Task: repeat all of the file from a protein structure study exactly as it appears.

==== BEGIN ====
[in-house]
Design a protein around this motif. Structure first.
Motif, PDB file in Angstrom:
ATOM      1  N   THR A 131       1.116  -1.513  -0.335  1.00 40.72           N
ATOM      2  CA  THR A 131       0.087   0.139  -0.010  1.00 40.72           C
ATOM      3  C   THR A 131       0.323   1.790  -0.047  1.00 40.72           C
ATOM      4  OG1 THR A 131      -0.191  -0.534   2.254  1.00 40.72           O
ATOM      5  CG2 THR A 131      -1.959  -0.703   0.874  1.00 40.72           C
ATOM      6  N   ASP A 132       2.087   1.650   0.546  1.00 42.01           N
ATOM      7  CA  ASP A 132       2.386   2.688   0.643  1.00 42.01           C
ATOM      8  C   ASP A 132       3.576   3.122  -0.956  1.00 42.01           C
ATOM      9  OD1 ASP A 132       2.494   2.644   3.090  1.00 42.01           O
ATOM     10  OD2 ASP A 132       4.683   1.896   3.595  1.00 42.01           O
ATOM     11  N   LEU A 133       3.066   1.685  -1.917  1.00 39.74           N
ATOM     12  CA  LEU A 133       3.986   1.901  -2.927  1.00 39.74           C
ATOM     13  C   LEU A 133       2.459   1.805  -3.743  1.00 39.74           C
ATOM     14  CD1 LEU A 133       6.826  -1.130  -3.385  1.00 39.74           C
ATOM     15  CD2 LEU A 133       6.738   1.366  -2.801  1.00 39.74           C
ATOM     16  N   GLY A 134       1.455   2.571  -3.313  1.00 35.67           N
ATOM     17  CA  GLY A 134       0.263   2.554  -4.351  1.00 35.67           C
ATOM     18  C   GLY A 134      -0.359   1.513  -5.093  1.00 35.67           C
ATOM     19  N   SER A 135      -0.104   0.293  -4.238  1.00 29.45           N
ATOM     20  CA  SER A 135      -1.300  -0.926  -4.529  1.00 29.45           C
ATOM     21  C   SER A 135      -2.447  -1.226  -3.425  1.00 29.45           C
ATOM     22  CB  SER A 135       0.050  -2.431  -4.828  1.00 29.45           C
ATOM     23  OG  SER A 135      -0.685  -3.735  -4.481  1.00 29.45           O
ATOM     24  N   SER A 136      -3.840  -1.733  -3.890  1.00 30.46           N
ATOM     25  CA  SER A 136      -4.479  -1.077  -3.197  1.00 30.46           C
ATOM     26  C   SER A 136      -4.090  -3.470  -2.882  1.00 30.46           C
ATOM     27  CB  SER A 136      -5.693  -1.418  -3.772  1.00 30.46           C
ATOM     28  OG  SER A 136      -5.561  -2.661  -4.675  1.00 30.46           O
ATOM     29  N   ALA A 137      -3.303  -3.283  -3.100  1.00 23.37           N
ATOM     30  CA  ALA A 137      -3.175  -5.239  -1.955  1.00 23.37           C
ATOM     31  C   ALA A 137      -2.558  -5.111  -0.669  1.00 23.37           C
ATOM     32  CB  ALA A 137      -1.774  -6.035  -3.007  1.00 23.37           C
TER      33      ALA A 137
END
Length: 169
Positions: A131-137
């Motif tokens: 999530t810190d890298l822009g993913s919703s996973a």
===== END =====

[in-house]
Design a protein around this motif. Structure first.
Motif, PDB file in Angstrom:
ATOM      1  N   THR A 131       1.116  -1.513  -0.335  1.00 40.72           N
ATOM      2  CA  THR A 131       0.087   0.139  -0.010  1.00 40.72           C
ATOM      3  C   THR A 131       0.323   1.790  -0.047  1.00 40.72           C
ATOM      4  OG1 THR A 131      -0.191  -0.534   2.254  1.00 40.72           O
ATOM      5  CG2 THR A 131      -1.959  -0.703   0.874  1.00 40.72           C
ATOM      6  N   ASP A 132       2.087   1.650   0.546  1.00 42.01           N
ATOM      7  CA  ASP A 132       2.386   2.688   0.643  1.00 42.01           C
ATOM      8  C   ASP A 132       3.576   3.122  -0.956  1.00 42.01           C
ATOM      9  OD1 ASP A 132       2.494   2.644   3.090  1.00 42.01           O
ATOM     10  OD2 ASP A 132       4.683   1.896   3.595  1.00 42.01           O
ATOM     11  N   LEU A 133       3.066   1.685  -1.917  1.00 39.74           N
ATOM     12  CA  LEU A 133       3.986   1.901  -2.927  1.00 39.74           C
ATOM     13  C   LEU A 133       2.459   1.805  -3.743  1.00 39.74           C
ATOM     14  CD1 LEU A 133       6.826  -1.130  -3.385  1.00 39.74           C
ATOM     15  CD2 LEU A 133       6.738   1.366  -2.801  1.00 39.74           C
ATOM     16  N   GLY A 134       1.455   2.571  -3.313  1.00 35.67           N
ATOM     17  CA  GLY A 134       0.263   2.554  -4.351  1.00 35.67           C
ATOM     18  C   GLY A 134      -0.359   1.513  -5.093  1.00 35.67           C
ATOM     19  N   SER A 135      -0.104   0.293  -4.238  1.00 29.45           N
ATOM     20  CA  SER A 135      -1.300  -0.926  -4.529  1.00 29.45           C
ATOM     21  C   SER A 135      -2.447  -1.226  -3.425  1.00 29.45           C
ATOM     22  CB  SER A 135       0.050  -2.431  -4.828  1.00 29.45           C
ATOM     23  OG  SER A 135      -0.685  -3.735  -4.481  1.00 29.45           O
ATOM     24  N   SER A 136      -3.840  -1.733  -3.890  1.00 30.46           N
ATOM     25  CA  SER A 136      -4.479  -1.077  -3.197  1.00 30.46           C
ATOM     26  C   SER A 136      -4.090  -3.470  -2.882  1.00 30.46           C
ATOM     27  CB  SER A 136      -5.693  -1.418  -3.772  1.00 30.46           C
ATOM     28  OG  SER A 136      -5.561  -2.661  -4.675  1.00 30.46           O
ATOM     29  N   ALA A 137      -3.303  -3.283  -3.100  1.00 23.37           N
ATOM     30  CA  ALA A 137      -3.175  -5.239  -1.955  1.00 23.37           C
ATOM     31  C   ALA A 137      -2.558  -5.111  -0.669  1.00 23.37           C
ATOM     32  CB  ALA A 137      -1.774  -6.035  -3.007  1.00 23.37           C
TER      33      ALA A 137
END
Length: 169
Positions: A131-137
């Motif tokens: 999530t810190d890298l822009g993913s919703s996973a």